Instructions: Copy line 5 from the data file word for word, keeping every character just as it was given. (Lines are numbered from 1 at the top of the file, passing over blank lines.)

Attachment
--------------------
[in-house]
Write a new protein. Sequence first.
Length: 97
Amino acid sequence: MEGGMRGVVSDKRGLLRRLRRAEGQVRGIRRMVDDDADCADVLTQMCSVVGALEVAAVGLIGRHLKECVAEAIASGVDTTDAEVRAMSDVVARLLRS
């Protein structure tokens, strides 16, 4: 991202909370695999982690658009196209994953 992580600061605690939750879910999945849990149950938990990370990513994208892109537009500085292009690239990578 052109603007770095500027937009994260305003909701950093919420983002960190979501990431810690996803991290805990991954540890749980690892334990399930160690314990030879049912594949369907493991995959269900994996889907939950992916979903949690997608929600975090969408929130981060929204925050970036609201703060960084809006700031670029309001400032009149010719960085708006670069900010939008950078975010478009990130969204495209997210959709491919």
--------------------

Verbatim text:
């Protein structure tokens, strides 16, 4: 991202909370695999982690658009196209994953 992580600061605690939750879910999945849990149950938990990370990513994208892109537009500085292009690239990578 052109603007770095500027937009994260305003909701950093919420983002960190979501990431810690996803991290805990991954540890749980690892334990399930160690314990030879049912594949369907493991995959269900994996889907939950992916979903949690997608929600975090969408929130981060929204925050970036609201703060960084809006700031670029309001400032009149010719960085708006670069900010939008950078975010478009990130969204495209997210959709491919």